Hi Kuppy – thanks for offering such interesting and educational articles. Ever get worried that your news sources are too similar? I’ve noticed a lot of information from you, Fleck, interviews on King World News, and Capitalist Exploits, have some very similar opinions. I was wondering who you recommend reading for a different perspective. i.e. someone smart & thought provoking, who might not agree with you on some of your major theses. Thanks!

Great question!! I worry about this a lot. The problem is that I haven’t found many people with opposing views who I really understand economics. What am I going to do? Read Paul Krugman? lol

Take a few strong views I have like gold going higher, even the bears on gold only think that it’s gone up a lot and is due for a pullback or consolidation for a few years (can’t argue too hard with that). Do you know of anyone that thinks it’s going below 1000 and staying there? I cannot find a single person who thinks that. Do you know of anyone who doesn’t think that most developed economies are bankrupt? I just find so many of the world’s problems to be so obvious and so easy to predict by examining history that most educated people tend to agree with me to varying degrees. There are disagreements on what to buy and when. I even argue with Fleck about things like silver which i think will still go lower before higher. However, we both think higher in 10 years…

I would love to have a well thought out thesis for why precious metals should go down, for why developed economies can balance their budgets and not be forced to embark on inflationary policies, for almost anything. I just haven’t found many good counter-points, but not for lack of searching. Almost the only counter-point I can find for these overriding macro themes is that most governments are so partisan and so prone to bickering that they may delay their inflationary stimulus plans (QE3, LTRO2, Etc.) until the problems are even worse. But that only means that the ultimate response will be even larger in magnitude. So in conclusion, I find people who differ on timining and on what exactly to play, but very few well thought out cases for directly opposite views. I’d love if readers sent me things that do contradict what I’m writing and I’ll print them for other readers.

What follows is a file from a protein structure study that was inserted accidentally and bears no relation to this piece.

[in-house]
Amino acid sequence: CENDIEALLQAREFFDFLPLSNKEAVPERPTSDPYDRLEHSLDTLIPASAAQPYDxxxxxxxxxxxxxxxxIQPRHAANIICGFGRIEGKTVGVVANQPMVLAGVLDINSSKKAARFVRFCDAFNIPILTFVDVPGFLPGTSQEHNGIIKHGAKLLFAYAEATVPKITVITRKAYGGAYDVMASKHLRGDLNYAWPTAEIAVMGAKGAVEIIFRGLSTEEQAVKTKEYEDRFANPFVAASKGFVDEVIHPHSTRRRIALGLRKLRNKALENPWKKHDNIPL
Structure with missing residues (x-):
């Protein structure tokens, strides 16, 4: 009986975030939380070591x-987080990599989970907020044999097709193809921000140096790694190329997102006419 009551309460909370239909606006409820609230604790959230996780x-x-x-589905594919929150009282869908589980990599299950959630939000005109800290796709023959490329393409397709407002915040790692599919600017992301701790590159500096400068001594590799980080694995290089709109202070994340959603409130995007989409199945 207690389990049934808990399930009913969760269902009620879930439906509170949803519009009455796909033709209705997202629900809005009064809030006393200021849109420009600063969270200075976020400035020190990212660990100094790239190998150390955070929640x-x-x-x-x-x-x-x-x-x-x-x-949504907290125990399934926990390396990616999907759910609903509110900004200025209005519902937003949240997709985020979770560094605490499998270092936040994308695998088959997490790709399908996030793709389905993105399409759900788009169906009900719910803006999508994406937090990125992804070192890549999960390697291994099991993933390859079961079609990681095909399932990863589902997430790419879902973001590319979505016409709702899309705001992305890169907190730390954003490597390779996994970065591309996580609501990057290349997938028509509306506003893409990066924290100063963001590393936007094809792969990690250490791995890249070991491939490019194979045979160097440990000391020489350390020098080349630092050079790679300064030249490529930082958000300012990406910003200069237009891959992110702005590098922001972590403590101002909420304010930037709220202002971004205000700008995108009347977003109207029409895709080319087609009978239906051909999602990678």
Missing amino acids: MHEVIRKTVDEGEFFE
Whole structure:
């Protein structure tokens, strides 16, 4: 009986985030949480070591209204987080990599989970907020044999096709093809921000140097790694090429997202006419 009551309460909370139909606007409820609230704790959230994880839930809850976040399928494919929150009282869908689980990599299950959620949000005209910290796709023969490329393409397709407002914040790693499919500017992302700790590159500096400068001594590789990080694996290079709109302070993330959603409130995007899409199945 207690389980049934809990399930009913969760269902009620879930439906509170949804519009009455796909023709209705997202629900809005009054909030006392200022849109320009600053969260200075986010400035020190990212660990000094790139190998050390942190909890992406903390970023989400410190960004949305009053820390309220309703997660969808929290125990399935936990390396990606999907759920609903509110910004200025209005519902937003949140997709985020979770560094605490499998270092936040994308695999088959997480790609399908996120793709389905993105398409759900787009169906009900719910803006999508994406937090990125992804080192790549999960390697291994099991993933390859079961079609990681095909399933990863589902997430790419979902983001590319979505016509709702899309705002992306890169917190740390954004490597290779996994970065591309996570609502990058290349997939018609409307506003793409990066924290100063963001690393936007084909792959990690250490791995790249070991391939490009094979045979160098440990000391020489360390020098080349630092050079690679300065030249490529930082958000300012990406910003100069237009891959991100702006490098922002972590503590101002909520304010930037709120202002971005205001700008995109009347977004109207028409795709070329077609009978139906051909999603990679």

When it comes to individual investments like NBSK, there are enough guys disagreeing with me that it’s easy to have a well thought out dialogue with them and test the thesis–but i see that as being different as it’s a subset of a much larger macro theme.

Kuppy-Have you considered taking a position in NUGT (3x GDX) as a way of avoiding problems with specific companies in the mining industry?

I hate leveraged ETFs as they have massive tracking error.

Hi Kuppy.

This seems telling to me.
On Wed, 23-MAY-12, Dow Jones reports, “Mercer International Cut To Hold From Buy By Canaccord Genuity.” Stock gaps down on the open to around $6 and was bought all day. By 11:30 am MERC was flat and the markets were tanking over 1%, SPX bottomed on Wed around 12:30pm.

Thank you stock analyst for bringing out buyer(s). I wonder what Mr. Peter Kellog is doing?
Now, no real follow through on Thursday to close above $6.80. But at what I see from the charts is a stock that is bottoming (biggest trading volume is on up days, too) and during really negative overall market backdrop.

Thanks again for this site and sharing your insights.

Hope you are rights… I own a bunch.

Hi Kuppy,

First glance at EGD’s press release. The only knocks on this quarter that I see is that it appears the Bertram earn-outs crush the bottom line of the energy business, and make me wonder if Bertram/energy division will add to Total earnings or detract from Total earnings through all of 2014 as it did in this first quarter of 2012? Only using the simple arithmetic (too simple?)in the press release show the earn-outs of $6.6M causing a loss $1.1M on revenues of $25.4M. And from the press release it looks like this will continue through 2012, 2013, and 2014.

After 2014 with decades of work in Alberta ahead, then bottom line profits in the energy division begin and will be quite huge, e.g., revenues of $25.4M and a profit of $5.5 (add $6.6M earn-out to the loss of $1.1M) which is 20% bottom line margin.

I think you have a pretty good understanding of the situation. Fred is looking at the long term, at the cost of short term earnings. Unfortunately, this is a market (canada) where guys don’t think very long term most of the time….

As a guy on the ground in Mongolia, what’s your take on IVN as these prices?

I sort of think it’s cheap, but will likely just go lower until Rio buys the half that they don’t own….